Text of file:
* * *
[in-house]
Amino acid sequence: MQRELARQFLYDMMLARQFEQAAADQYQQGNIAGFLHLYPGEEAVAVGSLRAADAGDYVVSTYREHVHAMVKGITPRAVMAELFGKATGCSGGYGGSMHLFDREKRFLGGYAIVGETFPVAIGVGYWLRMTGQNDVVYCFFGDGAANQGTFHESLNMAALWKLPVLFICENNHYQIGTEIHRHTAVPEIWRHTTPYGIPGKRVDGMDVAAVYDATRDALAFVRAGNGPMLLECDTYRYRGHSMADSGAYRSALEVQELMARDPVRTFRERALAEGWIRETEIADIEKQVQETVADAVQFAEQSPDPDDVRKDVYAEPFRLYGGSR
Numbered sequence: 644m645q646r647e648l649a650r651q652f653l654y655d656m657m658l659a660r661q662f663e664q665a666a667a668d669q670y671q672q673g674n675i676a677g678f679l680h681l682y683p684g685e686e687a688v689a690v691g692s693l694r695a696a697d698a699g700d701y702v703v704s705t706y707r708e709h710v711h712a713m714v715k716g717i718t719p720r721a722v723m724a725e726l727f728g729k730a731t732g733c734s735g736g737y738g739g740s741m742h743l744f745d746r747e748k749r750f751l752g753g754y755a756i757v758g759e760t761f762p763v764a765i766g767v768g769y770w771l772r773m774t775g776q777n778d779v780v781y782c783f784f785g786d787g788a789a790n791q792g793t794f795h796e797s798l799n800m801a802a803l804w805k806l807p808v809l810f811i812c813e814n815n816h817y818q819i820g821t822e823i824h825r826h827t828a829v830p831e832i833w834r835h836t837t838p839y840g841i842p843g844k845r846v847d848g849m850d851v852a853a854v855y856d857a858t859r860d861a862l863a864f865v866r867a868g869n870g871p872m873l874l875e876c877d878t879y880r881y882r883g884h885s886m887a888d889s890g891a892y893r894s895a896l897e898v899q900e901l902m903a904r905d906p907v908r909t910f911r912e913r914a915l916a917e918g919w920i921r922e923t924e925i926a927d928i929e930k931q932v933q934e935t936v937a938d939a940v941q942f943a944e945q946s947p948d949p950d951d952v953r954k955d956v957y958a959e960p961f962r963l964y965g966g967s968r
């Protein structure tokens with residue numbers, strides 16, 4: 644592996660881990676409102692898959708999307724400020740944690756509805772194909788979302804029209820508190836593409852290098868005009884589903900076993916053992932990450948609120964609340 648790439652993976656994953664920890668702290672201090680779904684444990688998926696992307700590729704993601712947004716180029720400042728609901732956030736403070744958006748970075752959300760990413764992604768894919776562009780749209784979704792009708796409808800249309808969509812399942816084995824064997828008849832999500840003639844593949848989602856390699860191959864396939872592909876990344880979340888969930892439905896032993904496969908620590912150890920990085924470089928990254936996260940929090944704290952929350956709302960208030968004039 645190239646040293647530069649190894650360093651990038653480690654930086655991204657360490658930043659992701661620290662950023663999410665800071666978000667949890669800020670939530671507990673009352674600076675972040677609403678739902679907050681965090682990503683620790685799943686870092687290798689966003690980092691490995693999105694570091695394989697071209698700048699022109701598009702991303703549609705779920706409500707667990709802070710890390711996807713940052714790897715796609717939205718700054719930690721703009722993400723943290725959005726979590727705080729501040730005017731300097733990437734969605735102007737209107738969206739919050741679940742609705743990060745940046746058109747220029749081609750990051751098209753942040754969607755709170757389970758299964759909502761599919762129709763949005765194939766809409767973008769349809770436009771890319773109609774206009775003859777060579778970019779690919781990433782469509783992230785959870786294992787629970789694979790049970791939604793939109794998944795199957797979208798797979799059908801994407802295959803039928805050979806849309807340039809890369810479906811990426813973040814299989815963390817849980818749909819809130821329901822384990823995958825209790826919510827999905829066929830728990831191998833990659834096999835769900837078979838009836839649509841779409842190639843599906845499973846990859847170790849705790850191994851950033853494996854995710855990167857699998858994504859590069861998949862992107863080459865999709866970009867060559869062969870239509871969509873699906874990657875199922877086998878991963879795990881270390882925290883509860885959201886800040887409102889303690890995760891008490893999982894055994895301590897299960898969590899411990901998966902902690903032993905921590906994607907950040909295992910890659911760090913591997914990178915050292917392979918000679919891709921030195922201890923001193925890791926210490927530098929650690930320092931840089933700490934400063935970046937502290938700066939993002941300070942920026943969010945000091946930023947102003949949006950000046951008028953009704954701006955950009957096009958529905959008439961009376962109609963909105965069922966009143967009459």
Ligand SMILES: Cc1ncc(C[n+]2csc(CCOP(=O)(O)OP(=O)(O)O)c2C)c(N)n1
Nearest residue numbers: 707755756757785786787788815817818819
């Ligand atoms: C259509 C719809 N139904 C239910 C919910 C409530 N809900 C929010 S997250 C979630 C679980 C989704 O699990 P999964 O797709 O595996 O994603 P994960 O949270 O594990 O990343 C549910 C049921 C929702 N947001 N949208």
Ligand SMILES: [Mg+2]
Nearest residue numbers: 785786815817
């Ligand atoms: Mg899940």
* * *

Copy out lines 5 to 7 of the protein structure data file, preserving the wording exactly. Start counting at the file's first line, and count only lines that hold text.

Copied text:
Ligand SMILES: Cc1ncc(C[n+]2csc(CCOP(=O)(O)OP(=O)(O)O)c2C)c(N)n1
Nearest residue numbers: 707755756757785786787788815817818819
């Ligand atoms: C259509 C719809 N139904 C239910 C919910 C409530 N809900 C929010 S997250 C979630 C679980 C989704 O699990 P999964 O797709 O595996 O994603 P994960 O949270 O594990 O990343 C549910 C049921 C929702 N947001 N949208």